According to the 2007 National Health Interview Survey, about 3.1 million Americans said they had used acupuncture in the past year. This post on acupuncture and fertility is the first of a series which will discuss the use of acupuncture for different issues, including fertility and pregnancy, myofascial pain (so-called “acupuncture for athletes”) and depression and anxiety.
The Evidence on Acupuncture and Fertility
The scientific literature on acupuncture and fertility is relatively sparse. There have been, however, a few positive notes coming out of peer-reviewed journals in recent years.
In 2008, investigators published a meta-analysis (an analysis of other studies) in the British Journal of Medicine indicating that “acupuncture given with embryo transfer improves rates of pregnancy and live birth among women undergoing in vitro fertilization” (IVF). While The Guardianreported the increased chances of pregnancy to be 65%, the authors of the study actually cautioned that the rate was lower, specifically that “10 women would need to be treated with acupuncture to bring about one additional clinical pregnancy.”
Likewise, in March 2013, researchers from the University of Gothenburg in Sweden concluded in the American Journal of Physiology, Endocrinology and Metabolism that “repeated acupuncture treatments resulted in higher ovulation frequency in…women with PCOS [polycystic ovary syndrome].” PCOS is the most common cause of female infertility.
How Does Acupuncture Treat Infertility?
To understand how acupuncture works, I turned to licensed acupuncturist and doula Erin Borbet of Grow Wellness Acupuncture in Midtown Manhattan.
Chinese medicine, she explains, is based on a system of twelve main “meridians,” or invisible channels, that carry energy, or “qi” (pronounced “chee”) throughout the body. You can think of the channels as a life force circulatory system. Eight of the 12 meridians run through the pelvic floor and the reproductive organs.
The basic idea is that when energy is blocked, the body’s whole system is thrown out of balance, just as a fender bender on a major highway can result in hours of snarled traffic. The body works on its own to restore equilibrium, but just like a traffic jam in Times Square on a Friday evening, sometimes you need a traffic cop to help unblock the box. That’s where acupuncturists come in. Using very thin needles made usually of stainless steel, they painlessly stimulate specific points along the meridians to keep energy flowing smoothly in the body.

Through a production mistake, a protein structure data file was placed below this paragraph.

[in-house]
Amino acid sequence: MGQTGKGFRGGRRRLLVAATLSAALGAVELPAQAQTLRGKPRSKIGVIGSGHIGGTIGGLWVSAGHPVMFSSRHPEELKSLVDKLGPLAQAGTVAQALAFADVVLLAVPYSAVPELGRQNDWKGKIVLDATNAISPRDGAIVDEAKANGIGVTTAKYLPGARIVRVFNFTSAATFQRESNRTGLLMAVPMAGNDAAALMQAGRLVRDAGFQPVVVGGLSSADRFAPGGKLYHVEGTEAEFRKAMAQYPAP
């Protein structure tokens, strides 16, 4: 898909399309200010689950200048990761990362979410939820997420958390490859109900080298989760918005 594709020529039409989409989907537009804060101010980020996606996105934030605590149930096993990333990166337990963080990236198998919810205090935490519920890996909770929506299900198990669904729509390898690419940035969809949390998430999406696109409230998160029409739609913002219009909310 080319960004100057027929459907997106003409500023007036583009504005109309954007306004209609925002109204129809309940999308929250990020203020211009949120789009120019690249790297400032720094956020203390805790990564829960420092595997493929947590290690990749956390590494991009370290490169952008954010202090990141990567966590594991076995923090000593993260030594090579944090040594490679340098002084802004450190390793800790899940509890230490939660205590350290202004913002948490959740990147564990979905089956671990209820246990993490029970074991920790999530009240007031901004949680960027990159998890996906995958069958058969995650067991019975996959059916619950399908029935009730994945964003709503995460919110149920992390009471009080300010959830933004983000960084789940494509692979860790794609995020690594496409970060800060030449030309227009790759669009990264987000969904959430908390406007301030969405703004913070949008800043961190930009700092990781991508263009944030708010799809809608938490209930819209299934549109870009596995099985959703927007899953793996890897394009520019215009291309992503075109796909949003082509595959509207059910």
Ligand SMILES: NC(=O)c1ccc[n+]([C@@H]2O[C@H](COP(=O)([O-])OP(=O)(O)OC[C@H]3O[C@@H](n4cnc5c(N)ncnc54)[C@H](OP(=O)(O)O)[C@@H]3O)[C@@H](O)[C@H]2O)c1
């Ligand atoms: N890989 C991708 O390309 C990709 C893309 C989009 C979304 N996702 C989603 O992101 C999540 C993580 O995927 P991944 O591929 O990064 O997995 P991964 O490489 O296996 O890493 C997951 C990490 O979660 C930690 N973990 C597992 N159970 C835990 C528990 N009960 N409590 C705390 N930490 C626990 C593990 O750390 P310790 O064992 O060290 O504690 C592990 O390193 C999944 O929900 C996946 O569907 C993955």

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Women of all stripes can benefit from pre-conception acupuncture. “For a surprising number of women, a lot of it is education about fertility,” Borbet says. She works with clients on understanding the best time to conceive, mapping out their cycle and so on.
For other women, it’s a matter of rebalancing menstrual cycle irregularities. Still others come from a medical doctor who diagnosed them with PCOS, polyps or endometriosis. Sometimes women want to try a “natural” approach, so Borbet works on those particular issues. In other cases, women are taking fertility medication or trying IVF. Borbet says acupuncture can be a great complement in such cases, and the studies reviewed above would seem to support her conclusion.
Acupuncture and Pregnancy
Acupuncture can also help relieve uncomfortable symptoms that accompany pregnancy. Borbet says that the most common complaints people come to her with are back pain, hip pain, sciatica and headaches. But once in her office, she can help relieve other less tangible symptoms like insomnia, acid reflux, constipation and edema (swelling).
Because the meridians run throughout the body, practitioners can access the flow of energy in one of the eight channels that run through the reproductive organs by placing needles distally (in the arms or legs). “That’s how we can treat it all very well without having to do abdominal points” when a woman is pregnant, Borbet says.
Another common use of acupuncture in pregnancy is labor preparation beginning at week 36. A practitioner will try to clear the meridians running through the pelvic floor, making sure the pelvic muscles and uterus are nourished and relaxed.
Although there are no specific studies on the benefit of acupuncture and labor, Borbet notes that, as a doula, she’s attended many births, and women who have had acupuncture in the final weeks of pregnancy have noticeably smoother labor. Acupuncture won’t make your labor less painful or faster, she says, but it can help keep it moving along.
A Personalized Treatment
Acupuncture is a highly personalized treatment modality that takes into account both the chief complaint and a person’s specific constitution. “There are some tried and true points, meridians and balancing treatments,” Borbet says, but everyone is different. There are few contraindications for acupuncture, but if you’d like a consultation, be sure to look for someone who is licensed in the state of New York.
Erin Borbet, L.Ac., MS, Doulais located at 16 East 40thStreet, Floor 2 between Fifth and Madison Avenues. You can schedule a free 15-minute consultation or make an appointment by calling (646) 842-1598 or accessing theonline booking system.